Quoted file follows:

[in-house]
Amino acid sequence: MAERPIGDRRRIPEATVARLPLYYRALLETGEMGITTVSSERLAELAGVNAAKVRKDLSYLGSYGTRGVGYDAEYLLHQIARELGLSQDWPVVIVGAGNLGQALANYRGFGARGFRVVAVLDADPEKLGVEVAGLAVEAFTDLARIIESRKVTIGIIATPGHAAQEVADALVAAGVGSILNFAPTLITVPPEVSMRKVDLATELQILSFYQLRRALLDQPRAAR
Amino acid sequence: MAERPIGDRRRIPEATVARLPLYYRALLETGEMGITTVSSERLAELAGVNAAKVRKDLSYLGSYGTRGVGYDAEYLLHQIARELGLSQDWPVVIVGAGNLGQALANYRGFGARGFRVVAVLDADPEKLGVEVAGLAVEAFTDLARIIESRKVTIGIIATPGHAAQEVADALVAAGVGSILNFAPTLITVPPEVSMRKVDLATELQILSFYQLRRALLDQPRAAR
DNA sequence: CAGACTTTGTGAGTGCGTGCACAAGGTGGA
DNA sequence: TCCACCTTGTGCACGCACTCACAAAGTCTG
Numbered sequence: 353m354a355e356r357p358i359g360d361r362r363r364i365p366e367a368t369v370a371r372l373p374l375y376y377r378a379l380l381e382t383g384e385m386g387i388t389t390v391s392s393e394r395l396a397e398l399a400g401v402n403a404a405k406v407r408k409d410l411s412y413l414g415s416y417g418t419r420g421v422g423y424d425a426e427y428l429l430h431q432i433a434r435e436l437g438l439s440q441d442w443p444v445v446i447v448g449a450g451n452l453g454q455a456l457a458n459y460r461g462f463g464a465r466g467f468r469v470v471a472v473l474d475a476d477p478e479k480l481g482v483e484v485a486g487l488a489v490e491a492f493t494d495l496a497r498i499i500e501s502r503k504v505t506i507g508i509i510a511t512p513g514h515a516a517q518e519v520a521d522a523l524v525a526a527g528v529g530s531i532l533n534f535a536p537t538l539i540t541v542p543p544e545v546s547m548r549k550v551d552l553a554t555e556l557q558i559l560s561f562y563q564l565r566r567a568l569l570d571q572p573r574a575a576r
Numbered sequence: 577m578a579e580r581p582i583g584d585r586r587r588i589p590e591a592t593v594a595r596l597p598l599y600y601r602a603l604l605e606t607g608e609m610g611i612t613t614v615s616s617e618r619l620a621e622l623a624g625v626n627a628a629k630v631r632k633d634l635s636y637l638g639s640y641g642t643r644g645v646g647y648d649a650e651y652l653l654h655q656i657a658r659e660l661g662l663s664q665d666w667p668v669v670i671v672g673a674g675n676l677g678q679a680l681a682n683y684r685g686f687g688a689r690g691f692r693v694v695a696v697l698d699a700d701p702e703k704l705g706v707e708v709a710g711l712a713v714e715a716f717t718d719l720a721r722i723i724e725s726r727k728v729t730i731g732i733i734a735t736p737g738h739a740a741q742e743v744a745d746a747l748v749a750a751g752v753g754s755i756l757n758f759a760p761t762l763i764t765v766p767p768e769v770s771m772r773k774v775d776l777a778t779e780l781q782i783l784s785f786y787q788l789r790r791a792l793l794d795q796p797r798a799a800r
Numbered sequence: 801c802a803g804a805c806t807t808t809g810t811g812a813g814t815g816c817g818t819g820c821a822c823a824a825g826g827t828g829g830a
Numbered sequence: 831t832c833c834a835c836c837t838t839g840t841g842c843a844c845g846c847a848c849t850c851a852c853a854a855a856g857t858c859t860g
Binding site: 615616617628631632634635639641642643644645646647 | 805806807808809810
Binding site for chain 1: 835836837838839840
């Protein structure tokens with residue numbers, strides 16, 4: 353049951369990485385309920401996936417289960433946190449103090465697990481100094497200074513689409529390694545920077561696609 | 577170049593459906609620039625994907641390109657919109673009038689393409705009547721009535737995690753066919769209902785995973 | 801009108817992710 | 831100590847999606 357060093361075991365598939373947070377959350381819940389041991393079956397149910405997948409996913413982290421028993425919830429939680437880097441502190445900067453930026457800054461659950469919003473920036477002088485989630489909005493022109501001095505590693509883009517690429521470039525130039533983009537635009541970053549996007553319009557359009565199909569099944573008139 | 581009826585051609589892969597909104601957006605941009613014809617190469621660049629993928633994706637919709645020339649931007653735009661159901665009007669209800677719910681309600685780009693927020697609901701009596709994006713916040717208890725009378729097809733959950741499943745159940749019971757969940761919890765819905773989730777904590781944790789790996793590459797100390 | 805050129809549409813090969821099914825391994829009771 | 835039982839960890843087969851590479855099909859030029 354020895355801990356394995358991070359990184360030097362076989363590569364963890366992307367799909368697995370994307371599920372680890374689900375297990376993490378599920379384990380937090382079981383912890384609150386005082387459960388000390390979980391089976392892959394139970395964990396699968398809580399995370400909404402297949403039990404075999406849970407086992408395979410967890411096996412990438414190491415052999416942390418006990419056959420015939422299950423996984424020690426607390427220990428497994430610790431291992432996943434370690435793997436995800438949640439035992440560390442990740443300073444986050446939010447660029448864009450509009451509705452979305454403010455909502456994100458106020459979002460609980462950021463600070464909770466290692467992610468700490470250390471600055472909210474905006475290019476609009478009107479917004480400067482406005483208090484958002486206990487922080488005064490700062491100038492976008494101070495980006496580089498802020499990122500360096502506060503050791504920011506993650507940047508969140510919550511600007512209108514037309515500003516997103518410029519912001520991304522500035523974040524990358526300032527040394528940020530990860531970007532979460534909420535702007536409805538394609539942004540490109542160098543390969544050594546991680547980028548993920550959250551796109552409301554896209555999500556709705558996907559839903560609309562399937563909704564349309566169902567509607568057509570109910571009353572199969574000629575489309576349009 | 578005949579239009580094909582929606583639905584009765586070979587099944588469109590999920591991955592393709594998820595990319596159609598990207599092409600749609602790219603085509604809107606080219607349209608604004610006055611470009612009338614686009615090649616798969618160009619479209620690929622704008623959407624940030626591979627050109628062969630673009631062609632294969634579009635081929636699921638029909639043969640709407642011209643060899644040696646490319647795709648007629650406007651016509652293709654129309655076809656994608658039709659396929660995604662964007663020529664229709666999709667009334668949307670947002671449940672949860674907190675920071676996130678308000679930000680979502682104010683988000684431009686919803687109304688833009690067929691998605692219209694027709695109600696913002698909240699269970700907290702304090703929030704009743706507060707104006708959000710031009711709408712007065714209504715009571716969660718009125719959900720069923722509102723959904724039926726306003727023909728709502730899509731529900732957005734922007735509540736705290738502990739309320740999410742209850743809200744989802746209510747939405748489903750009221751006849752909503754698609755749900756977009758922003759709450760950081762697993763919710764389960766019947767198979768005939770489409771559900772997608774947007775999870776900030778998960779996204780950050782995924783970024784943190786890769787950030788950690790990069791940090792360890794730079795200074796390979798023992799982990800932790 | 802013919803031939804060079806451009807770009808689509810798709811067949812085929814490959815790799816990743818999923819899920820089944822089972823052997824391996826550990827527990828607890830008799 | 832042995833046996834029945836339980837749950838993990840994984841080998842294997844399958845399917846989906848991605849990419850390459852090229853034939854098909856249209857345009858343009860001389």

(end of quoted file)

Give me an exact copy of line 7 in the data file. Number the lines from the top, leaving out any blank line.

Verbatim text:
Numbered sequence: 577m578a579e580r581p582i583g584d585r586r587r588i589p590e591a592t593v594a595r596l597p598l599y600y601r602a603l604l605e606t607g608e609m610g611i612t613t614v615s616s617e618r619l620a621e622l623a624g625v626n627a628a629k630v631r632k633d634l635s636y637l638g639s640y641g642t643r644g645v646g647y648d649a650e651y652l653l654h655q656i657a658r659e660l661g662l663s664q665d666w667p668v669v670i671v672g673a674g675n676l677g678q679a680l681a682n683y684r685g686f687g688a689r690g691f692r693v694v695a696v697l698d699a700d701p702e703k704l705g706v707e708v709a710g711l712a713v714e715a716f717t718d719l720a721r722i723i724e725s726r727k728v729t730i731g732i733i734a735t736p737g738h739a740a741q742e743v744a745d746a747l748v749a750a751g752v753g754s755i756l757n758f759a760p761t762l763i764t765v766p767p768e769v770s771m772r773k774v775d776l777a778t779e780l781q782i783l784s785f786y787q788l789r790r791a792l793l794d795q796p797r798a799a800r